Nearly a decade ago, the first season of Smallville held some promise of being a decent television series. Sadly, albeit not unexpectedly, that idea quickly dissipated with show after show of pointlessly unrequited love and needlessly murderous "villains" who always die at the end of every episode after witnessing one of Clark's powers, something every other character remains completely oblivious to season after season. Despite this, the show somehow managed to maintain an audience for nine years, and now in their tenth and (thankfully) final season the writers are so desperate for ideas they have stooped to, and I'm not making this up, flying monkeys. Yes, you read that correctly.
If you had the misfortune of watching Smallville last night right through to the end (or perhaps you did yourself a favour and just tuned in for the first five minutes and the last fifteen since nothing important ever happens in between), you were rewarded for your optimism that, surely, the show simply has to get better at some point, by baring witness to flying monkeys escaping from the chest of the villain as if he were Azkadallia from Tin Man, though it was a cloud of flying monkeys rather than being released from tattoos on Kathleen Robertson's undeveloped chest. Pathetic as it sounds, that was the highlight of the show.
The writers of Smallville seem determined to keep alive the hackneyed conventions of shows from the '70s like The Incredible Hulk by conveniently knocking apparently soft-skulled characters unconscious with minor blows to the head just in time to prevent them from accidentally witnessing the hero save them. Of course, they have to ensure the day isn't saved until the last possible moment, and to that end not just Clark, but his cousin Kara, AKA Supergirl, both wandered around a nightclub searching for Lois because, once again, they forgot that they had x-ray vision, super-hearing, and can run so fast no-one can see them which should have allowed them to search the entire building in a fraction of a second. This just moments after Kara finished chastising Clark for not being able to control and use all his powers. I guess super-absentmindedness must be one of the most powerful of Kryptonian abilities.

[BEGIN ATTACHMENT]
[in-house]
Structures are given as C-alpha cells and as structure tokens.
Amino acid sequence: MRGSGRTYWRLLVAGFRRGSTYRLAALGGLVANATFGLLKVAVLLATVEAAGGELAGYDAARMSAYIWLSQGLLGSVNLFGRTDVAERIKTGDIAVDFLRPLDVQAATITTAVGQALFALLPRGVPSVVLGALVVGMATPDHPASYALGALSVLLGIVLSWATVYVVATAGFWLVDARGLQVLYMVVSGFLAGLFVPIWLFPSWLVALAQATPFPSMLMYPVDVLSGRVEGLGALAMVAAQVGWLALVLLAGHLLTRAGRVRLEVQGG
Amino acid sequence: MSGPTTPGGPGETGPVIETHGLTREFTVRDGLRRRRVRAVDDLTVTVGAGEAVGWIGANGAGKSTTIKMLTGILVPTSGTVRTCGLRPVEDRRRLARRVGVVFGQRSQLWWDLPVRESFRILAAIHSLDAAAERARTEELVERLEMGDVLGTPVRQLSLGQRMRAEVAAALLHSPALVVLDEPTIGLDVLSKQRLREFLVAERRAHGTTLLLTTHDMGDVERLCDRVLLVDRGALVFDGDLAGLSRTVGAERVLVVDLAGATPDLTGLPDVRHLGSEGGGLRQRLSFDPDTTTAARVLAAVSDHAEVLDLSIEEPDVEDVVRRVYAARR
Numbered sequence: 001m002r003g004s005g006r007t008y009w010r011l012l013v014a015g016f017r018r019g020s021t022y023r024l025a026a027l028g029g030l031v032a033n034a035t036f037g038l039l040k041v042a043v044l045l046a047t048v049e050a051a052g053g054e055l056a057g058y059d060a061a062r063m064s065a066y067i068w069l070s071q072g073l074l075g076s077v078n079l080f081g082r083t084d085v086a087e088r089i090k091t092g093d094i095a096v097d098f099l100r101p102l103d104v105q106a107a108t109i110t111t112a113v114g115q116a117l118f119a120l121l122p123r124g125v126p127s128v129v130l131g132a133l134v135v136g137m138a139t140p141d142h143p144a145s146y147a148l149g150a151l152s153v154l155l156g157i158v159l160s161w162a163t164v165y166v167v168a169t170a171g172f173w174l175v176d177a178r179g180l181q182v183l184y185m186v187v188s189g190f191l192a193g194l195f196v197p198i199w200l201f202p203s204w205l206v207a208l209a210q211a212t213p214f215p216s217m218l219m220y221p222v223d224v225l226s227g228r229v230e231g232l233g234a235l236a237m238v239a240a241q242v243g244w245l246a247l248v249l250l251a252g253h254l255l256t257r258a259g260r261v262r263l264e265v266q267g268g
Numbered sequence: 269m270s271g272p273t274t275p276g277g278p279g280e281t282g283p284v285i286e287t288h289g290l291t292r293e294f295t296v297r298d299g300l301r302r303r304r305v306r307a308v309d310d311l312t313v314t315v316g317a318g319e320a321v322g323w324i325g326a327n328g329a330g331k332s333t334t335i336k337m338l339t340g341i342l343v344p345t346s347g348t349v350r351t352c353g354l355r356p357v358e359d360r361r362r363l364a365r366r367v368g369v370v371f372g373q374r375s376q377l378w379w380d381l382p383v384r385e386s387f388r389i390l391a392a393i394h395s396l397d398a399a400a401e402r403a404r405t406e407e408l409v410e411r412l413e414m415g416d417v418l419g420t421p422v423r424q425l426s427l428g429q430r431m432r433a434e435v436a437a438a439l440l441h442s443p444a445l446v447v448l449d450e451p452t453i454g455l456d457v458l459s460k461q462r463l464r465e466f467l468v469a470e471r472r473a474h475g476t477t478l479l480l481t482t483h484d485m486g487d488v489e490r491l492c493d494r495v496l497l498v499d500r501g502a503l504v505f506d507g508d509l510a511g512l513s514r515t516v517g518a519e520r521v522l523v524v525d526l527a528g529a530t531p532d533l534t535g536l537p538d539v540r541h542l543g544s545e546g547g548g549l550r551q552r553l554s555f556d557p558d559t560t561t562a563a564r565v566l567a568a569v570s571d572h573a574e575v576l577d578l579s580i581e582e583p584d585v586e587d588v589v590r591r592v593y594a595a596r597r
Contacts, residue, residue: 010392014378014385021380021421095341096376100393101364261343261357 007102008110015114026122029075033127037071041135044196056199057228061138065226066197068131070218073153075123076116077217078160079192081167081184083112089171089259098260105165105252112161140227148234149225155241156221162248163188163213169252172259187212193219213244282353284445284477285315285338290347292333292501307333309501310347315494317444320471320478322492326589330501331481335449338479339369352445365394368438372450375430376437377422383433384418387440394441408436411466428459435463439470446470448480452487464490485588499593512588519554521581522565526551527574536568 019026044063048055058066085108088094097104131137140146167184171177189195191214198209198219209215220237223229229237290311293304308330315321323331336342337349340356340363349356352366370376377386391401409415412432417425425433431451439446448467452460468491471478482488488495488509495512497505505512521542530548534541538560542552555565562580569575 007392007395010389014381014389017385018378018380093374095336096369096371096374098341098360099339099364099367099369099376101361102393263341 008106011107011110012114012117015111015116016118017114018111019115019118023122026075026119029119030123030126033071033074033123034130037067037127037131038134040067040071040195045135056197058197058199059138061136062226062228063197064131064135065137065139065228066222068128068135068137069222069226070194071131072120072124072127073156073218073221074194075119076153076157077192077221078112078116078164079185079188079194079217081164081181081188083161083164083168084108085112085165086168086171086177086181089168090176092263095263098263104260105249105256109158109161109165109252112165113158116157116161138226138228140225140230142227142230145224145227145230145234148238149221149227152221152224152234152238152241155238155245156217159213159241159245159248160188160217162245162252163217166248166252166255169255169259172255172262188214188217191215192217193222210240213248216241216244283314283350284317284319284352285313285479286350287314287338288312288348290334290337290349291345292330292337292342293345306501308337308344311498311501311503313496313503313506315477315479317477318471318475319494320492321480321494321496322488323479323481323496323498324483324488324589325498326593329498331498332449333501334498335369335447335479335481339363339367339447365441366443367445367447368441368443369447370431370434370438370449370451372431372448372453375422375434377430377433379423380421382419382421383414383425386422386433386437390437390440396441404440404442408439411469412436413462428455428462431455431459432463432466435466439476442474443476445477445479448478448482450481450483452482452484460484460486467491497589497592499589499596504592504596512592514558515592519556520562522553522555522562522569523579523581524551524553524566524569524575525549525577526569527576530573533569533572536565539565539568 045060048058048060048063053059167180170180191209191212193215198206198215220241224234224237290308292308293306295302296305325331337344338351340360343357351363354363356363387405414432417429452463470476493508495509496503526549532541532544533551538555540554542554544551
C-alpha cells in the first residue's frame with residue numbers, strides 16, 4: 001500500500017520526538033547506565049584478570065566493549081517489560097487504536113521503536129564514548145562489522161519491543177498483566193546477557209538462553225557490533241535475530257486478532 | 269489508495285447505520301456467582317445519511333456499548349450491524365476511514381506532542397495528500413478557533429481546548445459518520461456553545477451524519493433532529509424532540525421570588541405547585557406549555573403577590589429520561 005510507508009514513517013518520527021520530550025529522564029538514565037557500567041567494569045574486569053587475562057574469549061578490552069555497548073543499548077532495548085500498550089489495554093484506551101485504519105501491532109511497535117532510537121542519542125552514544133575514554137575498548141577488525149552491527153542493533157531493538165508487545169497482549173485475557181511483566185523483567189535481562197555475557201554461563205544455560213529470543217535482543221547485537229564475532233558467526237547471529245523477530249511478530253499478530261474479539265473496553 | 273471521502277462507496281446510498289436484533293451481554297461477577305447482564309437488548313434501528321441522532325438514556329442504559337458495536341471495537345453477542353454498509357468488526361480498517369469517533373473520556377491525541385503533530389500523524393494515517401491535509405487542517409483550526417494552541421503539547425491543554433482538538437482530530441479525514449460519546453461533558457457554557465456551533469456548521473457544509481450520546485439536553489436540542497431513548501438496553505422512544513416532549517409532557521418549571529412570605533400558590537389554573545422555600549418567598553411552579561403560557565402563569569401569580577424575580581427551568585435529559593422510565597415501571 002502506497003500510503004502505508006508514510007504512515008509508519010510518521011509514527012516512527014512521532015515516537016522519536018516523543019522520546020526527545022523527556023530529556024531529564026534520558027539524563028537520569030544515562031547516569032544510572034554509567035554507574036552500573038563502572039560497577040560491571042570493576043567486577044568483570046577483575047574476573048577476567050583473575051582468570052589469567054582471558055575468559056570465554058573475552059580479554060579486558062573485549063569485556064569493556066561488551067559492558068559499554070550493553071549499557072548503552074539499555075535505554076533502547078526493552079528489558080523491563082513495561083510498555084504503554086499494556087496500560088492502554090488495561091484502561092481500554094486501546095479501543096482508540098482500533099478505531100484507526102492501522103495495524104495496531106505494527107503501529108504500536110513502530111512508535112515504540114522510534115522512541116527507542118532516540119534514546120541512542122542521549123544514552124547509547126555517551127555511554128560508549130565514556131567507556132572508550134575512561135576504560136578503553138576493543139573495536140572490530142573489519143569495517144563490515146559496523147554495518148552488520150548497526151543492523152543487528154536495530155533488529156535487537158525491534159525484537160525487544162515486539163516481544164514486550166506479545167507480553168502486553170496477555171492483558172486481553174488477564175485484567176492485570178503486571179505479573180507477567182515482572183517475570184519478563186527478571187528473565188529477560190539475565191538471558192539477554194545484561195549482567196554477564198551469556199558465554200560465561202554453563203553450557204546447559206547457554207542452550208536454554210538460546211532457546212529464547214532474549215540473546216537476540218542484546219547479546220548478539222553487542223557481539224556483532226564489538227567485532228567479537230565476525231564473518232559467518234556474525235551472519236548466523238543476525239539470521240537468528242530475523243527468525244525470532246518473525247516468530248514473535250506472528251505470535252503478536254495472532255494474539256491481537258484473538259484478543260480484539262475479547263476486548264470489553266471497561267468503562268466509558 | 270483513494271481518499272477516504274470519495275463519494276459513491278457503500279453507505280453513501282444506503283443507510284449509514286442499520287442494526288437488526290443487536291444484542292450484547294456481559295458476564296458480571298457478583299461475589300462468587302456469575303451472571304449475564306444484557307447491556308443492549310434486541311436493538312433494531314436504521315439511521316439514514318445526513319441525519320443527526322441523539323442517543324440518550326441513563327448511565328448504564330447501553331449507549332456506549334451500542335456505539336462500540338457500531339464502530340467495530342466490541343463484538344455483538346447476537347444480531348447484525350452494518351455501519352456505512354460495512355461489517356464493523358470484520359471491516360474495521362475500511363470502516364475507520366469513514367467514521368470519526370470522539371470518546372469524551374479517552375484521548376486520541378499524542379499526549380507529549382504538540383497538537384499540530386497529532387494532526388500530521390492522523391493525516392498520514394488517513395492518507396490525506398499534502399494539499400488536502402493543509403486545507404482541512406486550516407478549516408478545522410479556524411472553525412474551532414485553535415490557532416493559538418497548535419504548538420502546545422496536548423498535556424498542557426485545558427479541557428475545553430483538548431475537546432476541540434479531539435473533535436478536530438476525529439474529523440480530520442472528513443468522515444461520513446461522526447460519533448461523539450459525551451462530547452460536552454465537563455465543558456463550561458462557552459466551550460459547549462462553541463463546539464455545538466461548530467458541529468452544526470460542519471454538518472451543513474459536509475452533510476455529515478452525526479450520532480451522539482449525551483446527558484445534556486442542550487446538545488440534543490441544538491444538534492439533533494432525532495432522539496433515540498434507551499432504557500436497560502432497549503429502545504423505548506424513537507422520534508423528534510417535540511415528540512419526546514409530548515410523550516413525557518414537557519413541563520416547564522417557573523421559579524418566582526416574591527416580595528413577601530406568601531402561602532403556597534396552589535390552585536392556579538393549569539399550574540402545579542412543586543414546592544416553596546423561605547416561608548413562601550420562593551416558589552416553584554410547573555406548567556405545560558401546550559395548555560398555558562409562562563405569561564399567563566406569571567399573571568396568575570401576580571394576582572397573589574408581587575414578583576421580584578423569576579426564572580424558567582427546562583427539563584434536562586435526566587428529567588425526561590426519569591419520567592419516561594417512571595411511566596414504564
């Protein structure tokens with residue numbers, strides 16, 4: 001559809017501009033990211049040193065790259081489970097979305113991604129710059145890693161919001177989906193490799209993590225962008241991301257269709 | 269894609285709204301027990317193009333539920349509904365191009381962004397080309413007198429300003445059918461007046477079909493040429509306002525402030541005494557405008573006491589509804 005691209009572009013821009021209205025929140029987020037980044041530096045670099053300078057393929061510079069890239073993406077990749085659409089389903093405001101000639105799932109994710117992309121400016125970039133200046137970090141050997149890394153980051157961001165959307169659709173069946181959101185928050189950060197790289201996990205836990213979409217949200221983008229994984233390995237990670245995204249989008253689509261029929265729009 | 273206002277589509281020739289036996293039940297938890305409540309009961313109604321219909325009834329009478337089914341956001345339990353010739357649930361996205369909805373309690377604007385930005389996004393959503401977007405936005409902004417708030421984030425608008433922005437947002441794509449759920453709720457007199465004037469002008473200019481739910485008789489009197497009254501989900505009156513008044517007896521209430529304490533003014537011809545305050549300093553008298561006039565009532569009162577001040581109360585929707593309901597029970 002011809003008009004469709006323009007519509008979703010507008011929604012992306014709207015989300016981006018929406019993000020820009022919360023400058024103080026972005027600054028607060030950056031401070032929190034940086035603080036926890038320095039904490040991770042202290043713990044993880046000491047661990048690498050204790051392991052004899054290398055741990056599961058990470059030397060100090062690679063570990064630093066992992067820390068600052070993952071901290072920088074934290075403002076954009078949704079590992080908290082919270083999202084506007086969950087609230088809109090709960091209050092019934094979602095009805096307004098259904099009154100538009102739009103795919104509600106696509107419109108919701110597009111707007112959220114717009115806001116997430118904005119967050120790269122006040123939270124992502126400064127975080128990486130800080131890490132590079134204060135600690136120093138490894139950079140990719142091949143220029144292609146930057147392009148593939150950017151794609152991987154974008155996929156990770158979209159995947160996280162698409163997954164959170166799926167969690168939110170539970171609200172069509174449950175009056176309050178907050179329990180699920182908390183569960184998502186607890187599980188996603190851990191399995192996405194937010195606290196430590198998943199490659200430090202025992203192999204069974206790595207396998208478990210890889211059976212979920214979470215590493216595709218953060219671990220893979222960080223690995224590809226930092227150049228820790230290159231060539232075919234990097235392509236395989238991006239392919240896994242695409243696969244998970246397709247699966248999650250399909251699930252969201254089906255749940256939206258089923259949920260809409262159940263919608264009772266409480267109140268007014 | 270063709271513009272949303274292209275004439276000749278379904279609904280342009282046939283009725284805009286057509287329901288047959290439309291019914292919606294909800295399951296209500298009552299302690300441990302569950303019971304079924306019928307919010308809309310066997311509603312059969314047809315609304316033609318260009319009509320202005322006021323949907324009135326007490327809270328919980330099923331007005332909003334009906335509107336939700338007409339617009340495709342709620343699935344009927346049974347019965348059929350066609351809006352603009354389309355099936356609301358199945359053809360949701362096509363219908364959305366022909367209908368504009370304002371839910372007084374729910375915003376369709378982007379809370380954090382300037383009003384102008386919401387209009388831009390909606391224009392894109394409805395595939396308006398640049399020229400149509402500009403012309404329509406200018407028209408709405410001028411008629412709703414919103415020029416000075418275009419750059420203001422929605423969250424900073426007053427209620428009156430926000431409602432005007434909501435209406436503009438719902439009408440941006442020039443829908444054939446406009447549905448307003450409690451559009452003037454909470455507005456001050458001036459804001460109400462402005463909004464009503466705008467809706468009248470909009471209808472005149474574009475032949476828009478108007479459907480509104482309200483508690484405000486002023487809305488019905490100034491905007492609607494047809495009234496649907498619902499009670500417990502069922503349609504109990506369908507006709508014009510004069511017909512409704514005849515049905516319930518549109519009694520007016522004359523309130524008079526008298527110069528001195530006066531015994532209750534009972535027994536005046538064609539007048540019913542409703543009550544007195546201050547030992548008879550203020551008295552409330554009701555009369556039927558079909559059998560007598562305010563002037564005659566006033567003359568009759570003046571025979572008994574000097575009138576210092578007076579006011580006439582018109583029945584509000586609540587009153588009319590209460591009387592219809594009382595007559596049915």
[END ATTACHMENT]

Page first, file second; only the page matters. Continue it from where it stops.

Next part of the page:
Normally the writers love using Clark's super-speed, and they utilize it up to a half-dozen times per episode -- though only to change scenes. When it's time to save the day they expect the audience to believe that someone who can move faster than bullets with reactions to match has never learned, after years of watching people die because of his inaction, to not just stand there until after the villain attacks and do something while there's still time to save someone other than a main character who is by this time, of course, unconscious.
Intelligent writing is clearly Smallville's kryptonite, and now that the series is drawing to a close, I fear for the next classic franchise they intend to similarly ruin.
I am unreasonable per George Bernard Shaw, Man and Superman (1903) "Maxims for Revolutionists" -
"The reasonable man adapts himself to the world; the unreasonable one persists in trying to adapt the world to himself. Therefore all progress depends on the unreasonable man."